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Campus News

Men’s Basketball Team Welcomes New Head Coach

by Micah Wilkins, Editor

Greg Neeley, Warren Wilson's new head coach of the men's basketball team and director of sports information, will arrive to campus Oct. 4. He and his wife will either reside on campus or somewhere nearby.

After a month-long nationwide search for a new head coach, the Warren Wilson men’s basketball team decided on 27-year-old Greg Neeley, who left his coaching position at Ancilla College in Donaldson, Ind. for this post. Taking the place of Kevin Walden, who left Warren Wilson to coach at his alma mater Knox College, Neeley will also act as the college’s sports information director.

Neeley and his wife Jessica arrive in Asheville this week, and Neeley has a short month to practice with his team before the season begins Nov. 5, when the Owls play Milligan College.

“The season starts really quickly, there’s not much of a buffer there,” Neeley said. “But I’m excited to start to develop relationships with the student athletes, to get to know the details of Warren Wilson and to get the total Warren Wilson experience.”

Like Warren Wilson, Ancilla College, where Neeley has been coaching men’s basketball for the last two years, is a small, private liberal arts institution, but it is also one of the only private Catholic junior colleges in the country.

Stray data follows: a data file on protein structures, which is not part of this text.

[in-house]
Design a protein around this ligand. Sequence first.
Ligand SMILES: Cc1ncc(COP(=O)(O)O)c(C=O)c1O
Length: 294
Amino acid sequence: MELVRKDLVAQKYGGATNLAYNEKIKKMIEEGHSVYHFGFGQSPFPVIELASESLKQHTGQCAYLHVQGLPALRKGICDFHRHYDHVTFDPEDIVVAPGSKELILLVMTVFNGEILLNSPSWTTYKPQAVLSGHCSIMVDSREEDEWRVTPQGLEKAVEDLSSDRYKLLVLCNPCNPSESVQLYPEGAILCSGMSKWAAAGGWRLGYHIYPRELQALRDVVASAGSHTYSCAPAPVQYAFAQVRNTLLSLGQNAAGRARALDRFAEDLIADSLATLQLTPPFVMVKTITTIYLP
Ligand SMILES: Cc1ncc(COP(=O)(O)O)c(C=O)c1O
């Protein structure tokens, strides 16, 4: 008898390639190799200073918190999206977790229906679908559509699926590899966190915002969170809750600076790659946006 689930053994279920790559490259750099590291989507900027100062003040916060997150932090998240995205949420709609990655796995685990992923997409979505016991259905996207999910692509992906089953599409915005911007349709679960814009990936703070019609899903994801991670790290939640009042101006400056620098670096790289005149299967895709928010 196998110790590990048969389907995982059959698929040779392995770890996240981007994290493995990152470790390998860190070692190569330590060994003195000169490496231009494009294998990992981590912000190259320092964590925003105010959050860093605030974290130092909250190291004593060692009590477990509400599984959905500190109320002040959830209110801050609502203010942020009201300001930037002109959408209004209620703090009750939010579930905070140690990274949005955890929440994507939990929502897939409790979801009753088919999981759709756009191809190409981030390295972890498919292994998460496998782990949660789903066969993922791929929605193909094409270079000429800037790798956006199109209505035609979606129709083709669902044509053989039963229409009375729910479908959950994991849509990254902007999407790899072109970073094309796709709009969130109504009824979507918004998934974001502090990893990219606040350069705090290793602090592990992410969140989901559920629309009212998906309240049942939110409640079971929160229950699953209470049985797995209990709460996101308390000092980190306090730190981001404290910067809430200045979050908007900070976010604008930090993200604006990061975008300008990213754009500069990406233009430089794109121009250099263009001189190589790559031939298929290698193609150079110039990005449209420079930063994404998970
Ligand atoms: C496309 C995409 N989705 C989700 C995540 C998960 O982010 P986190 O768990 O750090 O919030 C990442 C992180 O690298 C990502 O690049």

“[Warren Wilson] will be new to me because I’ve been at places that are more conservative,” he said. “But it’ll be good for my own personal growth. It’ll be different but I think openness to difference is really great, and that’s something that we’re looking forward to experiencing once we arrive.”

Neeley and his wife are no strangers to the Southeast. Before Ancilla, Neeley was the lead assistant men’s basketball coach at Piedmont College in Demorest, Ga.

“Jessica’s family is from Northeast Georgia,” Neeley said, “so it’ll be good to be closer to them.”

Leaving Indiana, Neeley will not miss the winters, but he will miss the people.

“Anytime you’re involved in a college, the relationships you’ve built are what make it hard to leave a place,” Neeley said. “But at Warren Wilson, we hope to form new relationships in a new place.”

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